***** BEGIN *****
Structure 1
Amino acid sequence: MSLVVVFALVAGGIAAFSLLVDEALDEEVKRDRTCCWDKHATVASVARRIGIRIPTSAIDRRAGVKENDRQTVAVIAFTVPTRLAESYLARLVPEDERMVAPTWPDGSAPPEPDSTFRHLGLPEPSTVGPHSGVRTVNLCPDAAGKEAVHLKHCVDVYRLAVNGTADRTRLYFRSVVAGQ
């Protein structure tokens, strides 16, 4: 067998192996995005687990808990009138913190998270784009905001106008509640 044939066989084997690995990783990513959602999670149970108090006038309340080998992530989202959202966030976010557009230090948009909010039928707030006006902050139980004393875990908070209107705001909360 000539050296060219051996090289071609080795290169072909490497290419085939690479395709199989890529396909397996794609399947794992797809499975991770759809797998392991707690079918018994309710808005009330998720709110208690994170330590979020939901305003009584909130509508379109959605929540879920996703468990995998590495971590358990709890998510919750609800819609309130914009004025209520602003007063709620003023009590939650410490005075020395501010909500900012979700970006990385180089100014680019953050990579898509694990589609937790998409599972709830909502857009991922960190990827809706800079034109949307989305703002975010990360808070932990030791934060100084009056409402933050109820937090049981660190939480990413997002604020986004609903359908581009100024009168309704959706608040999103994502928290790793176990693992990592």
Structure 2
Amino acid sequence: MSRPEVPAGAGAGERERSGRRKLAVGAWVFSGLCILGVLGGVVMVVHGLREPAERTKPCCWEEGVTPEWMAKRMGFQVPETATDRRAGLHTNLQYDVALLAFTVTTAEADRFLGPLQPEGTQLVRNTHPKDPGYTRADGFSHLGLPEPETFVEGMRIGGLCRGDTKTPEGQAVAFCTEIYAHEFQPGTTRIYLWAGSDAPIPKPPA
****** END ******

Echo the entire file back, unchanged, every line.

Structure 1
Amino acid sequence: MSLVVVFALVAGGIAAFSLLVDEALDEEVKRDRTCCWDKHATVASVARRIGIRIPTSAIDRRAGVKENDRQTVAVIAFTVPTRLAESYLARLVPEDERMVAPTWPDGSAPPEPDSTFRHLGLPEPSTVGPHSGVRTVNLCPDAAGKEAVHLKHCVDVYRLAVNGTADRTRLYFRSVVAGQ
């Protein structure tokens, strides 16, 4: 067998192996995005687990808990009138913190998270784009905001106008509640 044939066989084997690995990783990513959602999670149970108090006038309340080998992530989202959202966030976010557009230090948009909010039928707030006006902050139980004393875990908070209107705001909360 000539050296060219051996090289071609080795290169072909490497290419085939690479395709199989890529396909397996794609399947794992797809499975991770759809797998392991707690079918018994309710808005009330998720709110208690994170330590979020939901305003009584909130509508379109959605929540879920996703468990995998590495971590358990709890998510919750609800819609309130914009004025209520602003007063709620003023009590939650410490005075020395501010909500900012979700970006990385180089100014680019953050990579898509694990589609937790998409599972709830909502857009991922960190990827809706800079034109949307989305703002975010990360808070932990030791934060100084009056409402933050109820937090049981660190939480990413997002604020986004609903359908581009100024009168309704959706608040999103994502928290790793176990693992990592």
Structure 2
Amino acid sequence: MSRPEVPAGAGAGERERSGRRKLAVGAWVFSGLCILGVLGGVVMVVHGLREPAERTKPCCWEEGVTPEWMAKRMGFQVPETATDRRAGLHTNLQYDVALLAFTVTTAEADRFLGPLQPEGTQLVRNTHPKDPGYTRADGFSHLGLPEPETFVEGMRIGGLCRGDTKTPEGQAVAFCTEIYAHEFQPGTTRIYLWAGSDAPIPKPPA